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November 20, 1992 - Image 24

Resource type:
Text
Publication:
The Detroit Jewish News, 1992-11-20

Disclaimer: Computer generated plain text may have errors. Read more about this.

SIMCHA

events to support her
partner, and Simcha
president, Rachel.
Both women grew up
in Reform households,
dating men throughout
high school and most of
college. Rachel's mother
died knowing, and
accepting, her daughter's
homosexuality. Her
father is very supportive,
referring to Laura as his
"daughter out-law."
Laura's parents are
aware she is a lesbian
but do not discuss it.
Laura wrote her par-
ents a letter about her
preference. Rachel came
out more slowly.
"One day I told my
mother I didn't want to
date. Then later I told
her about a group of
great women I had met.
Then I told her these
women were lesbians.

Gersh Kaufman offers support for Lev Raphael's writing.

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person alive. I had no
positive gay role models."
With much trepidation
he called the hotline of
the gay and lesbian
Jewish group in Texas.
He said his name was
Charlie. After meeting
by phone, Aaron joined a
few members in a coffee
shop. Then he attended
his first meeting.
"It (the group) provid-
ed, for the first time,
positive gay role models.
They were politically
active, committed to
Judaism, had good jobs,
and just happened to be
gay," Aaron said.
Aaron found the same
type of people and ideals
in Detroit with Simcha
— which he describes as
a warm and loving com-
munity that is intelli-
gent, articulate and sup-
portive. In addition, he
has the opportunity to
find a Jewish partner —
his preference.
"I won't rule out any-
one," Aaron said. "But
the Jews I've dated, I
feel more comfortable
with. There is a sense of
common history, common
world view, common
value as a minority.
There is an assumed set
of basic Jewish knowl-

edge that need not be
explained, defended or
apologized for."
Aaron is perhaps more
religious than many
Simcha members, grow-
ing up in a traditional
home, the child of
Holocaust survivors. It
was important for him to
find a way to live as a
gay man while retaining
his Jewish identity.
"There have been some
excellent articles on the
treatment, or lack of
treatment, of gays and
lesbians in the Bible. In
my coming out I read
these articles by renown-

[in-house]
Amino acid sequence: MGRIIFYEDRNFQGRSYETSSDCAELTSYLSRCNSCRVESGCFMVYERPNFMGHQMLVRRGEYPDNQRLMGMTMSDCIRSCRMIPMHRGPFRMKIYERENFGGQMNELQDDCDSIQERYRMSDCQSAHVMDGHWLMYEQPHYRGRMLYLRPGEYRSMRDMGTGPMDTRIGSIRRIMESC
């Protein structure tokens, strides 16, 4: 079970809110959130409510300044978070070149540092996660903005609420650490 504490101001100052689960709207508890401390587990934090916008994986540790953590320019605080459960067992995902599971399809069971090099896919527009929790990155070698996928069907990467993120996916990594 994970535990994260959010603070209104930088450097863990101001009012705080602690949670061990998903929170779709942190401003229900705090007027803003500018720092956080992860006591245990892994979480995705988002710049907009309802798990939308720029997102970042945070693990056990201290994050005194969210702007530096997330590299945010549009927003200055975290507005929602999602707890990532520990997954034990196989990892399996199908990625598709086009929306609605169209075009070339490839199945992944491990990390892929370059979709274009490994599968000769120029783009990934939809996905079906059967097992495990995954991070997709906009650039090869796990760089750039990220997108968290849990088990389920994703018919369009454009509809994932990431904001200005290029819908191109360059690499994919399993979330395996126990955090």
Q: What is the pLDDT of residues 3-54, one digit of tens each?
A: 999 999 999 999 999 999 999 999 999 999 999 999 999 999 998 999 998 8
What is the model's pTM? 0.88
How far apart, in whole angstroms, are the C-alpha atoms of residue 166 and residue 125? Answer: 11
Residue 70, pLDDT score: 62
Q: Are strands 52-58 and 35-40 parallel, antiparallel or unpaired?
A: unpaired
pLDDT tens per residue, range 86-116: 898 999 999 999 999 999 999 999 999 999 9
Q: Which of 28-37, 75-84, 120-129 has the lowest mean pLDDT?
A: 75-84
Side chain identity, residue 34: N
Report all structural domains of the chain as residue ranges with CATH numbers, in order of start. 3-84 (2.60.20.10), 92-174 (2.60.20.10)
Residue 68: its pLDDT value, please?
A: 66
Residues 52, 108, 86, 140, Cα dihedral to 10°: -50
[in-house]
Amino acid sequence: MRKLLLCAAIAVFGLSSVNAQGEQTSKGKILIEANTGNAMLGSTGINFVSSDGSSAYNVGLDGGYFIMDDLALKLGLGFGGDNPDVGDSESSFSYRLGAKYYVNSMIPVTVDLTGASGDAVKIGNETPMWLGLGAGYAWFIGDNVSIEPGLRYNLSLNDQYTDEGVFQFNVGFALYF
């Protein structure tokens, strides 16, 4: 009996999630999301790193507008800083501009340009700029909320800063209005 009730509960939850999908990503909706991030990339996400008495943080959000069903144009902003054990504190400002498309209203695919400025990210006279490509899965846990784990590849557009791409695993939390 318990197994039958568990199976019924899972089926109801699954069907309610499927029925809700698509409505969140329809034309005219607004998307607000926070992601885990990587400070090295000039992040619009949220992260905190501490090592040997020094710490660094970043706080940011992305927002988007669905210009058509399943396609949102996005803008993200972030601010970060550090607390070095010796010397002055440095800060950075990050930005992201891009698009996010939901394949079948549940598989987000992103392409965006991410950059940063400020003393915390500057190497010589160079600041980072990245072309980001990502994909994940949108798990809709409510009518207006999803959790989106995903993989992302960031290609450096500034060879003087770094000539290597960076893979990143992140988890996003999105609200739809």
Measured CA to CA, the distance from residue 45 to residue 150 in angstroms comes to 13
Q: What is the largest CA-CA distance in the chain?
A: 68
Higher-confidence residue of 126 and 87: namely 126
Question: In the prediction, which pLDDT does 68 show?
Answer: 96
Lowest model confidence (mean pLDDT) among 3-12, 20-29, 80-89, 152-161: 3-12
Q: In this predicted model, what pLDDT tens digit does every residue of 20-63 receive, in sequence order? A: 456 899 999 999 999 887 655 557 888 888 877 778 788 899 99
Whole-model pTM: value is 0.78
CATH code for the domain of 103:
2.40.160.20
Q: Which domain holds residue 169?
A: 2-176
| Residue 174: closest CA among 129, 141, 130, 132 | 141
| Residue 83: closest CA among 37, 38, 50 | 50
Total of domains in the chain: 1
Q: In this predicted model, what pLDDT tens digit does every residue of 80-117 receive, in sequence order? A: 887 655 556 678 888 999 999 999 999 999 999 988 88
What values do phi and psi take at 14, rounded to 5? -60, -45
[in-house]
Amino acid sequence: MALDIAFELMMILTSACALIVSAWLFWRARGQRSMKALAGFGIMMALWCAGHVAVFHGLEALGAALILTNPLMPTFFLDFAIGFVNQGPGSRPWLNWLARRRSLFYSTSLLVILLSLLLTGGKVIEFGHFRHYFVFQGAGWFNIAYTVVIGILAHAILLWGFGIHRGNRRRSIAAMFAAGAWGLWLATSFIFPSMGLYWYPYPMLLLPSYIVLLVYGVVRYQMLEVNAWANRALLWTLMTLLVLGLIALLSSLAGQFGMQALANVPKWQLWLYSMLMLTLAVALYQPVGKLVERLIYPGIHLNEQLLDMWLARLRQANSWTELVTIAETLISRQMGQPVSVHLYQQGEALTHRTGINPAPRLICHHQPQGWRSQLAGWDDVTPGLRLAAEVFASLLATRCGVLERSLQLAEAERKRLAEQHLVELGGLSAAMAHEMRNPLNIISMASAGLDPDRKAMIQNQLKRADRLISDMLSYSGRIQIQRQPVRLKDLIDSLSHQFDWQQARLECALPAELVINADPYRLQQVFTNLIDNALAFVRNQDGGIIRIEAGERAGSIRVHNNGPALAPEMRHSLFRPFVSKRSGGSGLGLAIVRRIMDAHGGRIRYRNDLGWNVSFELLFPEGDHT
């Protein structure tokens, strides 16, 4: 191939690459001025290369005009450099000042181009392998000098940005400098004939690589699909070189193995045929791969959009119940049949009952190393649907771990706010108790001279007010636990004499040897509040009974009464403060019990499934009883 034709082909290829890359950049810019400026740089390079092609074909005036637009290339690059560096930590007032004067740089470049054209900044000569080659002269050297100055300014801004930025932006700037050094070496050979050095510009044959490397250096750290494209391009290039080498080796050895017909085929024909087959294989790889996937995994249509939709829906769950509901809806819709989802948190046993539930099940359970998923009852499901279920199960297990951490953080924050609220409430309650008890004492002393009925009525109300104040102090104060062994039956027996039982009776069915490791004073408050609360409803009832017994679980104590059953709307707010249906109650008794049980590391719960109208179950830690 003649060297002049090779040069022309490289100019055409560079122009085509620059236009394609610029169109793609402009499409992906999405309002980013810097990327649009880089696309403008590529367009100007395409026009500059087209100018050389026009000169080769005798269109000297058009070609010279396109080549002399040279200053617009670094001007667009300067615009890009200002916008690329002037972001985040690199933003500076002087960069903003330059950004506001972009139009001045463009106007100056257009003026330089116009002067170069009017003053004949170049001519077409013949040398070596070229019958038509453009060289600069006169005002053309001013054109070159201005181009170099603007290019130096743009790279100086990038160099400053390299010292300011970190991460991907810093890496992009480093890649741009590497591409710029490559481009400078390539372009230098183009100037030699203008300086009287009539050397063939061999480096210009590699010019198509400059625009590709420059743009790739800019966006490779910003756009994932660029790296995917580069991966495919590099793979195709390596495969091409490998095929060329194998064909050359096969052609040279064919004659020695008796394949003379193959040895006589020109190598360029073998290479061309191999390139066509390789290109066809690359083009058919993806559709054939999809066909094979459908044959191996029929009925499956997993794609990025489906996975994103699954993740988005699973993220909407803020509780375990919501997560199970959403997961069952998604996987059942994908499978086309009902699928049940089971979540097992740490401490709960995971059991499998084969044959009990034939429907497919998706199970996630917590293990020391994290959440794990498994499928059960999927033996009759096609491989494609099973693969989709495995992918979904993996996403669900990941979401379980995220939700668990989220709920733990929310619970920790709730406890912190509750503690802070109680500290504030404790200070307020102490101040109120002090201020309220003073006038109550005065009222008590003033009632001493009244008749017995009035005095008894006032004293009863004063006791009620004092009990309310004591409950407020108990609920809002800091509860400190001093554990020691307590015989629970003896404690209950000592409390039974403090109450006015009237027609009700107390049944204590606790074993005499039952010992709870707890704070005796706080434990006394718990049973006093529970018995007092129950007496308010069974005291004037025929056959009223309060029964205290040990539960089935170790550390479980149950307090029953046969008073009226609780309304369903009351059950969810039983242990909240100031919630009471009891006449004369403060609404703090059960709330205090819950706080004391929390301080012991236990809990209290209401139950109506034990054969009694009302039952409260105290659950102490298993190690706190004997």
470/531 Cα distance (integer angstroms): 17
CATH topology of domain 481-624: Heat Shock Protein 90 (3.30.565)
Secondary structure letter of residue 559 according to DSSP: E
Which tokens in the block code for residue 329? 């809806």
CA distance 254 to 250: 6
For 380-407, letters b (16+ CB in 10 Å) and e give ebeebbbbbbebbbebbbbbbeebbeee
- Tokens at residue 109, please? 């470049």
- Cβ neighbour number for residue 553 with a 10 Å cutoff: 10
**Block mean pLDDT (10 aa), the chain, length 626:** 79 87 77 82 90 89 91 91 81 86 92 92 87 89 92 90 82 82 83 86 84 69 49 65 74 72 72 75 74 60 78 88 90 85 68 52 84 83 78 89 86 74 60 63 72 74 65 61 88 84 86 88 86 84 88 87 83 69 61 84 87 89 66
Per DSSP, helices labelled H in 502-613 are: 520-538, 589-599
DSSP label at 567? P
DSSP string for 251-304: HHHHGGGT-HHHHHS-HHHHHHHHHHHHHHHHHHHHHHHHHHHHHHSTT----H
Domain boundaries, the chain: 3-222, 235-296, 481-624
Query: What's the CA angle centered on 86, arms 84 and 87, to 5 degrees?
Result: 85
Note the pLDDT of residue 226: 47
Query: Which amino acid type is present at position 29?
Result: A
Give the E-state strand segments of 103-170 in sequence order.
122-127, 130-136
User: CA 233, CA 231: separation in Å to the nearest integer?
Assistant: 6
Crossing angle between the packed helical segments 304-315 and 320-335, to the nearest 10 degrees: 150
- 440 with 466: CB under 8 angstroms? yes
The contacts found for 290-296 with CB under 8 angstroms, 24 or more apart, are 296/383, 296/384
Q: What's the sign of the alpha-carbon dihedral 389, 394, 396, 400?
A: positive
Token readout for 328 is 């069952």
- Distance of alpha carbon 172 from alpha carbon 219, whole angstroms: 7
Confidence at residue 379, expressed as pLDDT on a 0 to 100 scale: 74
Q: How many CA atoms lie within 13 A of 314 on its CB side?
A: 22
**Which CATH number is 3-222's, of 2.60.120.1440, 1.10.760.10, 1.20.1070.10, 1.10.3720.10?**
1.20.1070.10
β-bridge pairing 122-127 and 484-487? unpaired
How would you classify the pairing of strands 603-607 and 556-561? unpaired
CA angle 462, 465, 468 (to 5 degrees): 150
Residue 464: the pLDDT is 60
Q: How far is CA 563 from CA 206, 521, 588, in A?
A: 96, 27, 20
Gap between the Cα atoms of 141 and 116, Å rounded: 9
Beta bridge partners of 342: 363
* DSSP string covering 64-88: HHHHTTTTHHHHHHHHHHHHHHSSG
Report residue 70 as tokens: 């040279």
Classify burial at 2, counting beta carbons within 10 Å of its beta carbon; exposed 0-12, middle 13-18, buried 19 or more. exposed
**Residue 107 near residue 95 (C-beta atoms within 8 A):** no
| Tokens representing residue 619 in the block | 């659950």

ed scholars. They made
sense. They completely
neutralized what could
be pronounced as nega-
tive about homosexuali-
ty," Aaron said. "It's
clear to me now that
Leviticus is responding
to adultery, not homosex-
uality."
Laura is not much con-
cerned with the religious
aspects of Simcha, often
avoiding the once-a-
month religious services
and showing up only for
the Oneg Shabbat. But
she enjoys socializing
with other Jews on a cul-
tural level. In addition,
Laura attends Simcha

"It's clear to
me now that
Leviticus is
res onding to
a ultery, not
homosexuality."

Aaron

Then I told her I was in
love," Rachel recalled.
Laura and Rachel's
relationship developed
through Simcha.
Rachel and Laura had
been introduced by a
mutual friend. Rachel
was very attracted to
Laura and discovered
she was on Simcha's
board of directors.
Rachel attended their
Chanukah party.
They have been togeth-
er for four years.
Women account for
only 30 percent of
Simcha's membership —
something Rachel and
Laura would like to see
change.
"The men in the group
are really open to and
supportive of women,"
Laura said. "But we need
to start addressing
issues of feminism in
Simcha. I'm fearful we

are
not
attracting
enough women, enough
feminists."
Rachel and Laura have
begun annual women's
events in their home,
separate from Simcha
without undermining its
goals.
"It is unique and won-
derful that gay men and
women come together the
way we do in Simcha.
But, women need their
own space beyond
Simcha," Rachel said.
When Dan came out,
he told his female friends
first.
Six months after a
friend told him she was a
lesbian, Dan told her he
was gay. She just
laughed and kept walk-
ing and talking — the
way it had always been.
Dan didn't know any
other gay men and avoid-
ed the bars. So when he
ran into a school buddy
at gay and lesbian
Pridefest he was thrilled.
"He was getting ready
to attend a Jewish gay
and lesbian conference in
Amsterdam. I never
heard of such a thing,"
Dan said. "And when he
returned, he invited me
to form a study group —
the study group that
became Simcha."
Like Aaron, Dan need-
ed a way to piece his sex-
ual and religious identi-
ties together. Therapy
and Simcha were key.
"I do believe I was cre-
ated in God's image. So
how can something be
`wrong' with me?" Dan
said.
"I'll still never forget
one of my first experi-
ences with other gay
Jews, sitting in a Hillel
in Cleveland at the
Midwest Conference of
Gay and Lesbian Jews.
Seventy-five gays and
lesbians davening. All
the songs and melodies
were still on the tip of
my tongue though I
hadn't been to shul in
years."
For Gersh Kaufman
and Lev Raphael, the
Midwest Conference of
Gay and Lesbian Jews in

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